Greater Bay Airlines seems set to be the next airline to start operations in Hong Kong. Talk of a new airline only started in 2020, but it has progressed quickly with key staff in place, a license granted, and the first aircraft arriving. It plans to be a low-cost regional airline competing with Hong Kong Express on key Chinese and regional routes. But it is not certain yet when operations will start.
A new private airline for Hong Kong
In July 2020, plans began to emerge for a fifth airline to start operations from Hong Kong International Airport. Greater Bay Airlines is a private airline founded by Chinese investor Bill Wong Cho-bau. He is already the owner of Shenzhen-based Donghai Airlines. In December 2020, Algernon Yau Ying-wah, the former CEO of Cathay Dragon, was appointed as the new CEO.
Cathay Pacific is, of course, the dominant carrier in Hong Kong (along with its previous subsidiary Cathay Dragon which it has now closed). Several others have attempted to take it on over the years, with varying results.
Oasis Hong Kong tried to operate European routes but failed. Jetstar Hong Kong planned a regional airline but never got started. HK Express started in 2004 and was acquired by Cathay Pacific in 2019. And Hong Kong Airlines, which started flights in 2006, remains a competitor. Although since early 2020, it dropped long-haul services to focus on just regional.
Stay informed: Sign up for our daily and weekly aviation news digests.
First aircraft arrives
The new carrier submitted an application to Hong Kong’s civil aviation authority for an air operator’s certificate (AOC) in July 2020. It is still awaiting approval, but has now taken delivery of its first aircraft.
The airline’s first Boeing 737-800 arrived on September 7th. It flew from Kazakhstan’s Astana International Airport to Hong Kong International Airport and officially landed in Hong Kong at about 3 pm.
The airline had said was hoping that its operator’s license will be granted before the end of September. If this had worked out, it could have taken its maiden flight on China’s National Day on October 1. However, the license clearance continues to be held up, and the South China Morning Post is reporting today that it is now looking to the first quarter of 2022 to commence flights.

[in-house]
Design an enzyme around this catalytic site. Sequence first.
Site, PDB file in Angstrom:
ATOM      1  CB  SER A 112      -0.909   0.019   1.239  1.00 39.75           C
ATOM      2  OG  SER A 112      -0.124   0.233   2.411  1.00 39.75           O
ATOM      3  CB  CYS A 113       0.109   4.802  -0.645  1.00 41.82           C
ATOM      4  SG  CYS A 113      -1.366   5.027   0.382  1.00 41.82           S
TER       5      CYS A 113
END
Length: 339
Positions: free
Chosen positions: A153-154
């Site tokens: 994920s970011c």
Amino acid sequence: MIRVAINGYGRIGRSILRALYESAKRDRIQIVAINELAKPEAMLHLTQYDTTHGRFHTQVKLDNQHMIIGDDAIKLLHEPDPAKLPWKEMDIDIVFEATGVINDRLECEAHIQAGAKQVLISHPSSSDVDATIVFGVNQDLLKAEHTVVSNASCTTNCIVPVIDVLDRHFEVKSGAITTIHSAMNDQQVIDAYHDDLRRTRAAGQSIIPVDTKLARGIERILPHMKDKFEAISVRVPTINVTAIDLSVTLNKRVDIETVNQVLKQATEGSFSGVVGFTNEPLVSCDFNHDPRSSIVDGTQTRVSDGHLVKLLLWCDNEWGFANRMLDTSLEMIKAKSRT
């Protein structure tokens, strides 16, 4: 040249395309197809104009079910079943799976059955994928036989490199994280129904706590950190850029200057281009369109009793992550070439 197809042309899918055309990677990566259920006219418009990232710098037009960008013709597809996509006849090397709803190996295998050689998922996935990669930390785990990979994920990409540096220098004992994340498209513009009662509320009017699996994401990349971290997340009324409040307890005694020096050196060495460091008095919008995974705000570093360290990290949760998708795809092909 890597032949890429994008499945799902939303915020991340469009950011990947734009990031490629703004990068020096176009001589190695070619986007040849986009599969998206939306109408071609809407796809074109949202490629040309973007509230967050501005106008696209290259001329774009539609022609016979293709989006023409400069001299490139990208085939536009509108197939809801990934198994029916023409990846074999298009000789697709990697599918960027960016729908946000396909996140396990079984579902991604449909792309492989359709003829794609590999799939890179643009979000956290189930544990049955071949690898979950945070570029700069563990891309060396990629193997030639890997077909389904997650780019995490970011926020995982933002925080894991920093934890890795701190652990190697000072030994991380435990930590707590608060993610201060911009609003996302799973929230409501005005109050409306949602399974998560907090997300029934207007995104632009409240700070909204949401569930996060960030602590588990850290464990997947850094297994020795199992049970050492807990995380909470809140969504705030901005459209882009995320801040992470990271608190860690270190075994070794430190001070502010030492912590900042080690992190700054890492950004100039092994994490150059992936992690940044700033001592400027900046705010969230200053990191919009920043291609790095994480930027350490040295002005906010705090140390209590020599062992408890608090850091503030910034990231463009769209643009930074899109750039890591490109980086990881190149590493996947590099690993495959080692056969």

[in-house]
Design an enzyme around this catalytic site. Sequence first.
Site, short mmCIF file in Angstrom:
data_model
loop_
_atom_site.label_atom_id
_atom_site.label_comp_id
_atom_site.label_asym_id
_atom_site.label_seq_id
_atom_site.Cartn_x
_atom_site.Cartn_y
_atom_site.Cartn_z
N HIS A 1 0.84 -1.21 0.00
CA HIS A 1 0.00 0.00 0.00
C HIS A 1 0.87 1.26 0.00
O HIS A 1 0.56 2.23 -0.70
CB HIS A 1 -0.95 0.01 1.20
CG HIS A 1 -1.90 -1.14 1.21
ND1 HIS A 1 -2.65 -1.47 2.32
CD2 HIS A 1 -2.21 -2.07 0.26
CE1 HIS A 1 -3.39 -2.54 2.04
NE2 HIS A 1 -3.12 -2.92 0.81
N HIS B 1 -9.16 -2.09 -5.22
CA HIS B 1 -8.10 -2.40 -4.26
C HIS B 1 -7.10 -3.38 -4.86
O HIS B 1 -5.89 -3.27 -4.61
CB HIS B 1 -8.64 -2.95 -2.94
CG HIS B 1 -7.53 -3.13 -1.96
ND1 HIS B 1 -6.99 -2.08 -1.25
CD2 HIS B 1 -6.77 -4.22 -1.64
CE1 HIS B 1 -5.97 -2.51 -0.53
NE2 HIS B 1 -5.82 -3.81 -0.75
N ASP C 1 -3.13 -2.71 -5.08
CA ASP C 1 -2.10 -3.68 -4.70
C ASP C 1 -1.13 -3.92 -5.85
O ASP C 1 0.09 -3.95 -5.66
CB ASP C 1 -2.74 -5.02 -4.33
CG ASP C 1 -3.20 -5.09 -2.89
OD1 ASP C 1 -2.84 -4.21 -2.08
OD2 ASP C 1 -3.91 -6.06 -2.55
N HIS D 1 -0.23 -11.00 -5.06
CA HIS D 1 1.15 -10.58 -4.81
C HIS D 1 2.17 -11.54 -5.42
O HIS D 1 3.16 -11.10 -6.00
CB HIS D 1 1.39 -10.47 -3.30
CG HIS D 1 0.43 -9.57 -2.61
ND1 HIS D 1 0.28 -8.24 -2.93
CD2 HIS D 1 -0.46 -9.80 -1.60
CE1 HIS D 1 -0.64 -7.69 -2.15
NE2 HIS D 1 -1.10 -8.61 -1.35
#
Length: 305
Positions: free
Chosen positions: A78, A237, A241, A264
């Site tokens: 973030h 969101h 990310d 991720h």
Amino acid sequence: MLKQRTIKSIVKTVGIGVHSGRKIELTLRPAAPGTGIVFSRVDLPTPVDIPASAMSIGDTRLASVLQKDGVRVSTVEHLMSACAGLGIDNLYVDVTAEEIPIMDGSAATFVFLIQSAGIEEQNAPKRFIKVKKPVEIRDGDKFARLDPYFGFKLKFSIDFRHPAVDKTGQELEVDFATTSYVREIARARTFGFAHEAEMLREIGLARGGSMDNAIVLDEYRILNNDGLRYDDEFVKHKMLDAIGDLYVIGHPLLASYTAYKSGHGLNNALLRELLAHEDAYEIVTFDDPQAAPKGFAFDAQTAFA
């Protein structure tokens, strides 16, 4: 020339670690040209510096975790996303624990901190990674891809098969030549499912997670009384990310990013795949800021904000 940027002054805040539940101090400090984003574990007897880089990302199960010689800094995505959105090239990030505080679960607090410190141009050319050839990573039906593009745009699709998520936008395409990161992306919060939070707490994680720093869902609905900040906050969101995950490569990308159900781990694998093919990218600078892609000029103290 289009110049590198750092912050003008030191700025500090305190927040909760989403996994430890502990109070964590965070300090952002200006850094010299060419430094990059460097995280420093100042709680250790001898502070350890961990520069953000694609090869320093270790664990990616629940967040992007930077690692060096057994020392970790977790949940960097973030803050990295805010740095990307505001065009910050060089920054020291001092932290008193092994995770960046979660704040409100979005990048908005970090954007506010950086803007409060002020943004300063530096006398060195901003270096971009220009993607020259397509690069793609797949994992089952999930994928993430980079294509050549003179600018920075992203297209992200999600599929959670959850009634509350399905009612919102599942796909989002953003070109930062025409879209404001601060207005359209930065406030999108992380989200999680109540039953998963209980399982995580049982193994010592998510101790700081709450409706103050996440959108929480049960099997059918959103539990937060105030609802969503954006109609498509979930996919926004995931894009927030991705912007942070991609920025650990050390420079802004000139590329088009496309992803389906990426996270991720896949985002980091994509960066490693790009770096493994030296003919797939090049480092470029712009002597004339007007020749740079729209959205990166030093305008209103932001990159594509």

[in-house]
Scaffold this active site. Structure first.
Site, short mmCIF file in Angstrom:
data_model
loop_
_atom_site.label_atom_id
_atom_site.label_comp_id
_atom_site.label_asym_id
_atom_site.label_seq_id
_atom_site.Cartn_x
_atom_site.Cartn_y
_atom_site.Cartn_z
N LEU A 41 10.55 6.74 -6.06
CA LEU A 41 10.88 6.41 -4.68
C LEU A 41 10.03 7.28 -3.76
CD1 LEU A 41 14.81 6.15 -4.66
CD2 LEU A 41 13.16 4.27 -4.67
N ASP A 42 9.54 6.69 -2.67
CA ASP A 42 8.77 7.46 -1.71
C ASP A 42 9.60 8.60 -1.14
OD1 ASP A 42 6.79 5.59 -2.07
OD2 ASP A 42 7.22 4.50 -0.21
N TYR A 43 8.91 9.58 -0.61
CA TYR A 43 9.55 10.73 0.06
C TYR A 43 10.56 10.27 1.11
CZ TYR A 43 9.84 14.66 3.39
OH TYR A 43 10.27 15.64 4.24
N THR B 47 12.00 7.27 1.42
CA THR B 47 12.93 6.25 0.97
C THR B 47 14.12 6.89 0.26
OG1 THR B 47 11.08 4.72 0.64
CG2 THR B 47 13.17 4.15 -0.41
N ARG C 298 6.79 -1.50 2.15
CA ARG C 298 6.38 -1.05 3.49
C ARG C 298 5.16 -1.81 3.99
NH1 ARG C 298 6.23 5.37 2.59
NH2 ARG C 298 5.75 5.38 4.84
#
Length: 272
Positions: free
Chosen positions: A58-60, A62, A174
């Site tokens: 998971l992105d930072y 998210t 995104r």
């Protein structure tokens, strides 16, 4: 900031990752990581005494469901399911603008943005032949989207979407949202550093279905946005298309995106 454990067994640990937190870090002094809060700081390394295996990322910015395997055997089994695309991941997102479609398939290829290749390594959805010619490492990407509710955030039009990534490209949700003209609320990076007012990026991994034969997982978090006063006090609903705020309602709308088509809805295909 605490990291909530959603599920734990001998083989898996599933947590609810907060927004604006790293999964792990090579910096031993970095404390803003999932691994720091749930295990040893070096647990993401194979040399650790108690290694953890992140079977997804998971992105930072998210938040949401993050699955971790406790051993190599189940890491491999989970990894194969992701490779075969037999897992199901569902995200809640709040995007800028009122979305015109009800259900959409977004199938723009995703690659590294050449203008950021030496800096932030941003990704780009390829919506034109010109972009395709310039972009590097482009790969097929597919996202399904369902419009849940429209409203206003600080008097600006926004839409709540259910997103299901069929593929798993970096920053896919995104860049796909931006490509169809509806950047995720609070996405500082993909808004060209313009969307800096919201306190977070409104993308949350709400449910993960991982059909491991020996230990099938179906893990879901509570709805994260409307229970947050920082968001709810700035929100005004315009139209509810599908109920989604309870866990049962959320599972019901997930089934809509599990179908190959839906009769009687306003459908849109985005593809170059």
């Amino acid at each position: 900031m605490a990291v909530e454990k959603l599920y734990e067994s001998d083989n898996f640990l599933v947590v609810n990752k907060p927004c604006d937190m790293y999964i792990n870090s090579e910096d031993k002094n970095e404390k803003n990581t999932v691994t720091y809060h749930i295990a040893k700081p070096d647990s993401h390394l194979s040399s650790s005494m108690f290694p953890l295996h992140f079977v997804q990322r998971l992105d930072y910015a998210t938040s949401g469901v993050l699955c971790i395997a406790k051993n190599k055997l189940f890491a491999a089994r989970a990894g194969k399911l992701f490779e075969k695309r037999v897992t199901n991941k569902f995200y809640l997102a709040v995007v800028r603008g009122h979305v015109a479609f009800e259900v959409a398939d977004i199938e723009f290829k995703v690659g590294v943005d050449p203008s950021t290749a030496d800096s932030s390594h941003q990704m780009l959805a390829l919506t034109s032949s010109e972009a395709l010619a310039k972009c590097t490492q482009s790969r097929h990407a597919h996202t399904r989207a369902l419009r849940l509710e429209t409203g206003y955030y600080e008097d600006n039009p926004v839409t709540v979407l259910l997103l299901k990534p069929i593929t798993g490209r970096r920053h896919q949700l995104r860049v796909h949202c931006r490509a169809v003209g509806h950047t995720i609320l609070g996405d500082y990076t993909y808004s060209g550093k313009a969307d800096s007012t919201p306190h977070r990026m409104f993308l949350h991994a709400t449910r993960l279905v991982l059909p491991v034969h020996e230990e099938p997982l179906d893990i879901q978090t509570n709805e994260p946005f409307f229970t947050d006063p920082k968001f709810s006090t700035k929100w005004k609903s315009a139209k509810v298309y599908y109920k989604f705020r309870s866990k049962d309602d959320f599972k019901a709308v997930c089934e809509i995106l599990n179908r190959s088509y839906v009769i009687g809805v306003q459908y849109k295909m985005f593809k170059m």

In January 2021, the airline released details of its planned routes. It applied to the Air Transport Licensing Authority for rights to operate to 104 cities. Many of these are the routes abandoned by Cathay Dragon.
Almost half of these destinations (48) are in mainland China. Other regional destinations include the major cities of Bangkok, Seoul, and Tokyo, as well as plenty of smaller, leisure focussed destinations in Thailand, the Philippines, Vietnam, and Indonesia.
According to an analysis by anna.aero, 89% of the routes were already served in 2019 (pre-pandemic). New routes not served at that time include Changzhou, Harbin, Hohhot, Lanzhou, Shijiazhuang, Suzhou, Urumqi, Tangshan, and Weifang in mainland China. Outside China, new routes include Vientiane.
While full details of the airline’s marketing plans or customer targets have not been released, the offering is thought to be low-cost, competing with HK Express more than Cathay Pacific.
Searching for aircraft
Greater Bay Airlines plans to start operations with three leased Boeing 737-800. In November 2020, it approached leasing companies with a request for three aircraft. According to FlightGlobal, at the time, there were around 20 bidders, and around 100 aircraft have been offered.
It has not released any plans to purchase new aircraft. Chief Executive Algernon Yau Ying-wah has said that the airline hopes to grow the fleet to around 30 aircraft in the next five-six years, and take on up to 3,000 staff.
The 737-800 makes sense for such an airline, with other low-cost operators finding the type works well for such operations. With its compromise on range and capacity, it makes a good, flexible option and has been the best-selling 737 variant to date.
It may seem like the worst time to start an airline in Hong Kong. Restrictions on passengers remain tough and may do for some time. Non-resident foreigners are banned from entry, and anyone permitted to enter must quarantine for 14 or 21 days after arrival.
But with staff available and capacity at the airport, timing may not be so bad. It may not be the best time to actually start passenger flights, though. The airline has previously said it may start operations with just cargo. Demand for this remains strong in Hong Kong (and globally).
Do you think think the post-COVID market will allow for another airline operating out of Hong Kong? What else do you think we will see from Greater Bay Airlines? Feel free to discuss further in the comments.